In an attempt to “structure a real calendar that fits the Caribbean reality,” the mayor of the coastal Colombian city Soledad banned classes before 9AM and all homework.
According to Mayor Joao Herrera, these limits on hours that can be spent on formal education serve will allow a child to study “with pleasure.”
Many young students have classes as early as 6AM in Colombia, which according to Soledad’s mayor does not benefit the child’s development.
Soledad’s youth should be guaranteed sleep and free evenings, Herrera decreed.
The mayor said he wanted to “help the brain development of the child in those hours in which he must be sleeping and not be subjected to the punishment of a [cold] bath asleep, then taken to a school that turns out aggressive and where he finds a master inquisitor.”
The mayor said on Twitter he was willing to defend the decree in court if challenged by the Education of Ministry.
Many of Colombia’s school teachers have two shifts in one day, one shift for younger classes and one for senior classes.
How Soledad’s teachers plan to adapt to the mayor’s decision remains to be seen.
A Toronto businessman accused of pocketing millions in fraudulent mortgages marketed to Muslims, emptied his accounts and led investigators on “a treasure hunt” to find nearly $2 million in gold bars, a federal prosecutor told a jury Tuesday. Six years later, where the bars have gone remains a mystery for authorities.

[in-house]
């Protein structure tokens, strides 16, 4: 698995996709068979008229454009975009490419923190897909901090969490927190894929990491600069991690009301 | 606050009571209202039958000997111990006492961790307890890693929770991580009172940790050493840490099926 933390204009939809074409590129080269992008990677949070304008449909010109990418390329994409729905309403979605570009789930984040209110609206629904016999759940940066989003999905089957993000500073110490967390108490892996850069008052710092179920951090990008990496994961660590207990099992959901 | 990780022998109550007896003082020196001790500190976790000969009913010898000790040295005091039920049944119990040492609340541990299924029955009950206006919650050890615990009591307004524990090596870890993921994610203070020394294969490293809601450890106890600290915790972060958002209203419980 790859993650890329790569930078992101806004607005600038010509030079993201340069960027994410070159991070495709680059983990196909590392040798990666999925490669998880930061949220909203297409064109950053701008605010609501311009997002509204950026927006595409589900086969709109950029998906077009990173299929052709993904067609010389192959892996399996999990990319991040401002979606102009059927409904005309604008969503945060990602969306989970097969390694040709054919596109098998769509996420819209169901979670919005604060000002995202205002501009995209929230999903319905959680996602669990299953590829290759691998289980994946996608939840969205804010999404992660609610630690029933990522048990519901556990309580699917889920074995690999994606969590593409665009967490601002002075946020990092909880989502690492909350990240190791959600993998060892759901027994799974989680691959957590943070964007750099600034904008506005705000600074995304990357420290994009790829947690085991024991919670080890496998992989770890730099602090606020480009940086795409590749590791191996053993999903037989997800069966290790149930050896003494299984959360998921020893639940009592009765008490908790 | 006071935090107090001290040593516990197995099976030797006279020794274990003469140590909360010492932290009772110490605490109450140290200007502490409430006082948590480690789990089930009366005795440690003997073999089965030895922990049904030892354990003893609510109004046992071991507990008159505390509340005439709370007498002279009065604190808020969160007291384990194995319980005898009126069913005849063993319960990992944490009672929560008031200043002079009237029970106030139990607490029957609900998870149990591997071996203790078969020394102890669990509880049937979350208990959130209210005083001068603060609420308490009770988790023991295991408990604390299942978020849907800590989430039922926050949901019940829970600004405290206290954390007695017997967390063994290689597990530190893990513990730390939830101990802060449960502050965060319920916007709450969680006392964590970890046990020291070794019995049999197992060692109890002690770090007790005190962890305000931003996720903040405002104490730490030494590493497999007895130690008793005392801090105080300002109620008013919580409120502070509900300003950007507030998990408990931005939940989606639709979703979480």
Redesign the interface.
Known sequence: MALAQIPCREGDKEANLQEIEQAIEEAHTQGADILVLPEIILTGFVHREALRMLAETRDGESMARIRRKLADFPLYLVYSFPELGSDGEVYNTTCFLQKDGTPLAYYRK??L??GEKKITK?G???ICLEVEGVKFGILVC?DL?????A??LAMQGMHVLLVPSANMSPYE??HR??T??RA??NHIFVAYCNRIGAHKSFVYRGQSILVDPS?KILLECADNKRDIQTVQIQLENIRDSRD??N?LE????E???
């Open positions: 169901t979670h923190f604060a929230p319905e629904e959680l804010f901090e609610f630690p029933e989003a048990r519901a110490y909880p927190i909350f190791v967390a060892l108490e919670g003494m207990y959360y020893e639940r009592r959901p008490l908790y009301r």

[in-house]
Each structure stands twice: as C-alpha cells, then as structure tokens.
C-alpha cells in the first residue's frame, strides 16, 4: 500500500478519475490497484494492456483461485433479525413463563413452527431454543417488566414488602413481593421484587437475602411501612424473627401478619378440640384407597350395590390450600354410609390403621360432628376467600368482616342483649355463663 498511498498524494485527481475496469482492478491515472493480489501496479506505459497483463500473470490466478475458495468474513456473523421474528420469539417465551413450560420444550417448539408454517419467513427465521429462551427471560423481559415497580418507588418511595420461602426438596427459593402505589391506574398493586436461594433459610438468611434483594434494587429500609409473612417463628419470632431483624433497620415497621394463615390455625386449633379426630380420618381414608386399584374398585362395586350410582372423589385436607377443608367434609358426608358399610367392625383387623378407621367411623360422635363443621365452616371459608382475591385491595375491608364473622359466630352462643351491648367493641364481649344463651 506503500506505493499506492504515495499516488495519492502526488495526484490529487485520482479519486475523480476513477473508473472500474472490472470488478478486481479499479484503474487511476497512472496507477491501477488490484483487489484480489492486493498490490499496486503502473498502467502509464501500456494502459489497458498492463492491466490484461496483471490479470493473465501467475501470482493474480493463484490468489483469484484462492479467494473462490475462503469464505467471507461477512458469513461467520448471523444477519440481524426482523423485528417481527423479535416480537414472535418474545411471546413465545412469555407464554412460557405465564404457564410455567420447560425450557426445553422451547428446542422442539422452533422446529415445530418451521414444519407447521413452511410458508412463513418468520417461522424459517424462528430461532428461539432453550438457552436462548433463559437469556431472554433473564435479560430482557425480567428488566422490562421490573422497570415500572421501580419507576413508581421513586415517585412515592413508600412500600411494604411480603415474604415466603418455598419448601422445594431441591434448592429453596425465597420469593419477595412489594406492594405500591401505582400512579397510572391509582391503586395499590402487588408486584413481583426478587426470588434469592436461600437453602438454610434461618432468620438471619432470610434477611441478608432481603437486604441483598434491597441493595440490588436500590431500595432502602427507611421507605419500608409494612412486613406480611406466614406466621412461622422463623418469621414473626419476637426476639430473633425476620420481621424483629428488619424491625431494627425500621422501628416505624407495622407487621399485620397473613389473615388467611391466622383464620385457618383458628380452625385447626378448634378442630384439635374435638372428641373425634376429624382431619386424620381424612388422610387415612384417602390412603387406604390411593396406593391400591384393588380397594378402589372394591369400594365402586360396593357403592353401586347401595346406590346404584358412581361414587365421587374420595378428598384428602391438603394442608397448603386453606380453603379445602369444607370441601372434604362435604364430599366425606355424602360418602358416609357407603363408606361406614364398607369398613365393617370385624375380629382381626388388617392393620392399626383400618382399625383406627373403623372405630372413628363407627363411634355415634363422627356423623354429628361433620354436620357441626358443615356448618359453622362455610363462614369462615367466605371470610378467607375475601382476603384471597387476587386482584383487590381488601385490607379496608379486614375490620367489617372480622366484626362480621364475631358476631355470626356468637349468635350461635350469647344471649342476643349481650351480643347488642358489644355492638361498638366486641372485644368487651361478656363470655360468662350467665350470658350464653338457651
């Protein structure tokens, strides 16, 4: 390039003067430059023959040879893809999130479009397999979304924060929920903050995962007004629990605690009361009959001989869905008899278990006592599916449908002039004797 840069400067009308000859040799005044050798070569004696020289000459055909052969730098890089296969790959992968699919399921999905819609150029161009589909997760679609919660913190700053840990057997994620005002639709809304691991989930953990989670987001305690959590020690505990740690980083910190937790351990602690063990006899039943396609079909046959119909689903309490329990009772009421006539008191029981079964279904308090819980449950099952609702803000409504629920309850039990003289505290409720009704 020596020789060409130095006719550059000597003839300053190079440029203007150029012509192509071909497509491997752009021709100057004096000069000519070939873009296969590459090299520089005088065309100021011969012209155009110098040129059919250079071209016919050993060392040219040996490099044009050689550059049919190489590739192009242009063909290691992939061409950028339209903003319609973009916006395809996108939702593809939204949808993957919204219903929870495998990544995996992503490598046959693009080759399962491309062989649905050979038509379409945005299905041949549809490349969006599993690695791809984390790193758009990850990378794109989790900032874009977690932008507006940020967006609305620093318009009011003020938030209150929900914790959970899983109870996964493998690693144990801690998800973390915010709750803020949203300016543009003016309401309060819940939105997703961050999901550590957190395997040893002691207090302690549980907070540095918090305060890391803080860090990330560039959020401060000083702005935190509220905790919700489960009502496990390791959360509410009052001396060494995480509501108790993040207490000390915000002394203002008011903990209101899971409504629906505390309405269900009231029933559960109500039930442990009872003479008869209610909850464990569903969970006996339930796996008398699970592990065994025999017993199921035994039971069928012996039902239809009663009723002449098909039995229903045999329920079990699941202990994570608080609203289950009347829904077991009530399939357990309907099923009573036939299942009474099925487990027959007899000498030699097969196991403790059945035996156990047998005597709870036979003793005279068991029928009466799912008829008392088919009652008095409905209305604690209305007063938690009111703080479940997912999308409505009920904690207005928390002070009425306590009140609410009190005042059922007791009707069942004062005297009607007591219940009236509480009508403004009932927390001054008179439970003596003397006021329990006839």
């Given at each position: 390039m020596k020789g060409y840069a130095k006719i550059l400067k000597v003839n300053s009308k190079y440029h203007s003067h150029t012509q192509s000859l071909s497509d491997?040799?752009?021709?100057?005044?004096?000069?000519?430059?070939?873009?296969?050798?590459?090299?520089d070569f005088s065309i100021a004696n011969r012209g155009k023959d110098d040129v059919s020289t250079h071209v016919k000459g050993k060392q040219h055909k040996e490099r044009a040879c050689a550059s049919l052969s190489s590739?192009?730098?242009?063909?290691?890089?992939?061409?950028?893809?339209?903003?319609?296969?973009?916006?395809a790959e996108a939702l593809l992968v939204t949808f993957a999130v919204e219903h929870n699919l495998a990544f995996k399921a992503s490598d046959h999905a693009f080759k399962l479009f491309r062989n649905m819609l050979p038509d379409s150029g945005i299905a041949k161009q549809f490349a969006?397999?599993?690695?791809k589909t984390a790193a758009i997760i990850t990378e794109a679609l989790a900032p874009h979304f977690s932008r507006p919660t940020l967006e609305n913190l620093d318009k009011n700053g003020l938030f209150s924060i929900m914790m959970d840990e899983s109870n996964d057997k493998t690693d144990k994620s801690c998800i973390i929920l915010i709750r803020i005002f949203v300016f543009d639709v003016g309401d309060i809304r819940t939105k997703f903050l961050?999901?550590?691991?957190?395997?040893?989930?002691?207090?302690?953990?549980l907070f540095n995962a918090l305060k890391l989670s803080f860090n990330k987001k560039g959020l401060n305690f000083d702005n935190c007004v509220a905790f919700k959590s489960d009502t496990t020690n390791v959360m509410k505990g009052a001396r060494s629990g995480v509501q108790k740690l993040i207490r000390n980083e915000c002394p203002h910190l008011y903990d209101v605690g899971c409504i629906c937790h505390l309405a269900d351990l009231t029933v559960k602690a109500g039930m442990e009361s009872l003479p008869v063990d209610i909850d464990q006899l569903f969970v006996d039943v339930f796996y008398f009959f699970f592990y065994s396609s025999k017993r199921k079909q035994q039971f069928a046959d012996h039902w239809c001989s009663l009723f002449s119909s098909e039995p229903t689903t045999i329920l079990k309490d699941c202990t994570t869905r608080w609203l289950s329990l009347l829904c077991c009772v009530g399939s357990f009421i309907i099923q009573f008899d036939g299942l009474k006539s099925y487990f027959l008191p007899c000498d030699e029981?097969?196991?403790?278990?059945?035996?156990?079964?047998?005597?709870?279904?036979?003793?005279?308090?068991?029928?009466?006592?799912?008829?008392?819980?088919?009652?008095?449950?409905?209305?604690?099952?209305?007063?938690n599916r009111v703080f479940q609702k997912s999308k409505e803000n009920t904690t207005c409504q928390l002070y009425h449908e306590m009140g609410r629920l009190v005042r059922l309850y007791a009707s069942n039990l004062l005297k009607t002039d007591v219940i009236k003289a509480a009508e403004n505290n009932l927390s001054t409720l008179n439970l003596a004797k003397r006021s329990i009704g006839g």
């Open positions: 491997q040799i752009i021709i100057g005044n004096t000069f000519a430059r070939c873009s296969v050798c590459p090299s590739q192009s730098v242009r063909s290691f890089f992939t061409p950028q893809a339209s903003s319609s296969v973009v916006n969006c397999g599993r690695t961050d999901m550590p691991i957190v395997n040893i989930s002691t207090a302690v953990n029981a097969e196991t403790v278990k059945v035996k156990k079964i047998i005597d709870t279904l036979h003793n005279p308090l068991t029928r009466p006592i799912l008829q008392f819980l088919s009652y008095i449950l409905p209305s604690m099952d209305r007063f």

Crown attorney Damien Frost made his opening statement at the trial of Omar Kalair, dubbed the “Muslim Madoff” by homeowners who bought into his “Shariah-compliant” mortgages that left them thousands of dollars in the hole.
Kalair, 42, holds a graduate diploma in business, was once admitted to a PhD program in economics, and has spoken at a number of international conferences on Islamic finance — once at Harvard University.
“The case we will present to you is about theft, fraud and money laundering,” Frost told the 12-member jury (five women, seven men) and two alternate members on the first day of the trial.
Gold bought with company’s last dollars: Crown
Prosecutors told a virtually empty courtroom that just days before Kalair’s company, UM Financial, went into receivership, Kalair and Yusuf Panchbhaya, 59, agreed to purchase over $2 million in gold and silver bullion, bought with the last of the company’s money. Panchbhaya was the chairman of a board of religious advisers who issued fatwas sanctioning the businesses mortgages as Islamic.
Kalair arrived alone Tuesday, wearing mostly black with a brown traditional cap, a poppy on the lapel of his jacket. For most of the day, he sat listening intently as the judge instructed the jury, breaking his stoic expression for just a moment looking bemused when a hunched-over Panchbhaya had fallen asleep.